9 p.m. Friday, Feb. 24, Winstar World Casino, 777 Casino Ave., Thackerville, OK, 580-276-4229 or winstarworldcasino.com, Sold Out

Kiss don’t play shows for the purists. If you understand why Paul Stanley and Gene Simmons prefer carrying on the Kiss brand with Eric Singer and Tommy Thayer instead of Peter Criss and Ace Frehley, then you should consider making the trek to this show. Yes, it's at a casino, but the venue itself is quite nice, and Kiss will make it an enjoyable event. On their Freedom to Rock tour, the band will be heavy on the hits and gags that they are known for (fireworks, fire-breathing, etc). The show is sold out so if you have a friend offering you a spare ticket, take up the offer. It's meant to be fun and theatrical, which has been Kiss' aim for their entire career. Eric Grubbs

Clint Black
9:30 p.m. Saturday, Feb. 25, Billy Bob’s Texas, 2520 Rodeo Plaza, Fort Worth, 817-624-7117 or billybobstexas.com, $16-$55

Hailing from Long Beach, New Jersey, by way of Kirby, Texas, Clint Black is coming to Dallas for some boot-scootin’ fun. The silk smooth baritone took his inspiration from the likes of Waylon Jennings, George Strait and Willie Nelson, so it comes as no surprise that Black was a fixture on the country music charts in the ’90s and early 2000s. Black’s style is a far cry from the bro-country pop that seems to be the choice de jour nowadays, opting to sing a more traditional brand of country filled with lonely nights, ruined relationships and the occasional beer. His last album, On Purpose, was a welcome surprise after a nearly decade long gap between albums, and luckily lived up to Black’s legacy, reaching number 13 on the Billboard U.S. Top Country Albums chart. So if you’re looking to dust off your dancing boots, then this is a show guaranteed to get you and your friends two-stepping into the night. Nicholas Bostick

Us The Duo
7:30 p.m. Saturday, Feb. 25, at House of Blues, 2200 N. Lamar St., 214-978-2583 or houseofblues.com, $23

Six-second video service Vine called it quits in January, but not before launching a folk-pop duo to stardom. Married couple Michael and Carissa Alvarado achieved notoriety on the service for their covers of radio hits beginning in 2013. Within a year, Los Angeles-based Us The Duo had amassed millions of followers and signed to Republic Records, where they've since released two albums of original music, 2014's No Matter Where You Are and 2016's Just Love. Last year they toured with Arlington natives and Grammy winners Pentatonix, and this week they're showing North Texas some more love with a stop at House of Blues. If you do attend, make sure to hold up a lighter in Vine's memory. Caroline North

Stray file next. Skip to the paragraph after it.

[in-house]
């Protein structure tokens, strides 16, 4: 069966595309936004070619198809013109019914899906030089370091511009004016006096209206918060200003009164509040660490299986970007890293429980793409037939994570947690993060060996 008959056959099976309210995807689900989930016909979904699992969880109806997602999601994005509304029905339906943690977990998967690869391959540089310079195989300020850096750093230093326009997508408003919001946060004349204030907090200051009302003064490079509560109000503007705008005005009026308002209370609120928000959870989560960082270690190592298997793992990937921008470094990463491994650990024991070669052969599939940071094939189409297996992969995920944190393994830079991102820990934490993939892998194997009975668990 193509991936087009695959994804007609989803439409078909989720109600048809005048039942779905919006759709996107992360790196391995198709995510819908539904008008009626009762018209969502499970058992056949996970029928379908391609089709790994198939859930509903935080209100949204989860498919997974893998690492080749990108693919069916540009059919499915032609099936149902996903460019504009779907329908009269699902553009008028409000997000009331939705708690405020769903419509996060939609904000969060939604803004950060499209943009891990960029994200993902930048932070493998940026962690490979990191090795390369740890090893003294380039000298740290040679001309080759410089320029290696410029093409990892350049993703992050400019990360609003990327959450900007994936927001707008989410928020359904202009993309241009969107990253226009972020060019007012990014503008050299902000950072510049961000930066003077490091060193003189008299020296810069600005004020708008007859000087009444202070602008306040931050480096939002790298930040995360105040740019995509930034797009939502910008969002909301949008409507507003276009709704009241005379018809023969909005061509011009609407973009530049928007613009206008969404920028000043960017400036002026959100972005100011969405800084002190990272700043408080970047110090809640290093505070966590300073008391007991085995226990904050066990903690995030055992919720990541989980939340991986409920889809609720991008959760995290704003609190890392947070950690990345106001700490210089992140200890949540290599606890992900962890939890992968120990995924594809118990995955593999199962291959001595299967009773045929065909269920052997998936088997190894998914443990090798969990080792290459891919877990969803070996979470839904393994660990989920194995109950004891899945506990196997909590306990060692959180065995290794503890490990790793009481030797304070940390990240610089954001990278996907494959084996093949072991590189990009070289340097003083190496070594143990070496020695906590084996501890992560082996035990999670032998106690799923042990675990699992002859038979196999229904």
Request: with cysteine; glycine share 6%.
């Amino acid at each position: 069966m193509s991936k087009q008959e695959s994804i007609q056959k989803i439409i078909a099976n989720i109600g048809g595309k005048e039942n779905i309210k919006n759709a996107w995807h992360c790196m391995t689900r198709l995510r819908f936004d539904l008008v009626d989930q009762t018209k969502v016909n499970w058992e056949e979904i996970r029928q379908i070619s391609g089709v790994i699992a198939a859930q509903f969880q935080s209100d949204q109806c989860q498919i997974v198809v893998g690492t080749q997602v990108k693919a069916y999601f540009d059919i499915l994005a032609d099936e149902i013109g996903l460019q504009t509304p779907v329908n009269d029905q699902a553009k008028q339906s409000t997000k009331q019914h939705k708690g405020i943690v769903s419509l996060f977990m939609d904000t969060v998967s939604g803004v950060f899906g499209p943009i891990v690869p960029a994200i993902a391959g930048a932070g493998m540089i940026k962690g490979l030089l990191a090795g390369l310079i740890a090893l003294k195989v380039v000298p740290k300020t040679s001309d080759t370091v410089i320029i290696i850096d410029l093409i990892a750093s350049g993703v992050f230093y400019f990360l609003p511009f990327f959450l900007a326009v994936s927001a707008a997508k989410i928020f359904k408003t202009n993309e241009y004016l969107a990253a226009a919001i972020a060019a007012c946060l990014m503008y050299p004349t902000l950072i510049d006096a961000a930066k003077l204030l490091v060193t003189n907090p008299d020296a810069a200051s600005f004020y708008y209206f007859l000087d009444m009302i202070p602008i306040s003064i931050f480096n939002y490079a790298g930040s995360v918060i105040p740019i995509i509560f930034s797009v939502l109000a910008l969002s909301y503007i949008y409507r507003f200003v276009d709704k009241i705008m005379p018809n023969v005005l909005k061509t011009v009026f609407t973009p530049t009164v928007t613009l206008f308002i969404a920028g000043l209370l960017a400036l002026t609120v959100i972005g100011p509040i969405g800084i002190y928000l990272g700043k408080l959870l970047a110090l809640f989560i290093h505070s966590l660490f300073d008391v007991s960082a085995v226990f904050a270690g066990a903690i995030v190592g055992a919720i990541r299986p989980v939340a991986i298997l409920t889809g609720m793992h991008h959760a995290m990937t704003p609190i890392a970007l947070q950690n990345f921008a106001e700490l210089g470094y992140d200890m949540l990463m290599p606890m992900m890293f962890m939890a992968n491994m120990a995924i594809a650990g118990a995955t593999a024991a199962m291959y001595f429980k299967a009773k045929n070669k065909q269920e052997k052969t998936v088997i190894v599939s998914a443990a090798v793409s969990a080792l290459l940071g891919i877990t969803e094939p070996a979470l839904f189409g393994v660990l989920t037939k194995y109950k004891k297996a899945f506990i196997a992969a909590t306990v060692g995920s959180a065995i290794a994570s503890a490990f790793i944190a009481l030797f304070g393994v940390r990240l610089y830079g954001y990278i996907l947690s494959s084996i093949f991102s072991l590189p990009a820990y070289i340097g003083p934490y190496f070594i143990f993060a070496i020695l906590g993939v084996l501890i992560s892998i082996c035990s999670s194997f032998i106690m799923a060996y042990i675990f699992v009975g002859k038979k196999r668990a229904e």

Tift Merritt
With Sera Cahoone, 6:30 p.m. Saturday, Feb. 25 at Three Links, 2704 Elm St., 214-653-8228 or threelinksdeepellum.com, $17-$20

Tift Merritt’s music falls somewhere between folk and Americana, maybe even alternative country, but the real enduring trait of her nearly 20-year music career is poignant storytelling that speaks to everything from her days growing up in North Carolina to her times living in Paris, and more recently her experiences of motherhood. She’s often compared to other singer-songwriters such as Joni Mitchell and Emmylou Harris, and she’s worked with Elvis Costello and Sam Beam of Iron and Wine, who produced her latest album Stitch of the World. Her delicate voice and smooth guitar strumming will be a match for Three Links’ intimate setting. Mikel Galicia

Erykah Badu
8 p.m. Sunday, Feb. 26, The Bomb Factory, 2713 Canton St., 214-932-6501 or thebombfactory.com, $43

It’s time again for Erykah Badu's annual birthday blowout. “The First Lady of Neo Soul” and unofficial queen of the Dallas music scene is set to perform alongside her famed funk/soul/hip-hop supergroup the Cannabinoids. Apart from the artist’s birthday, this event celebrates the 20th anniversary of Badu’s seminal masterpiece Baduizm. With thunderous bass, lush jazz instrumentals and her lilting, smoky vocals, Badu’s future-looking debut set in motion waves that are still rippling through popular and underground music alike. To this day, Badu’s energizing creative spirit and inspiring persona make for unbelievable live performances, the sort you tend to brag about for years to come. Any event celebrating Erykah Badu is in turn a celebration of our city’s unique arts community, an opportunity to bring Dallas together to consider our music scene’s many accomplishments and rejoice in our ever brightening future. Jonathan Patrick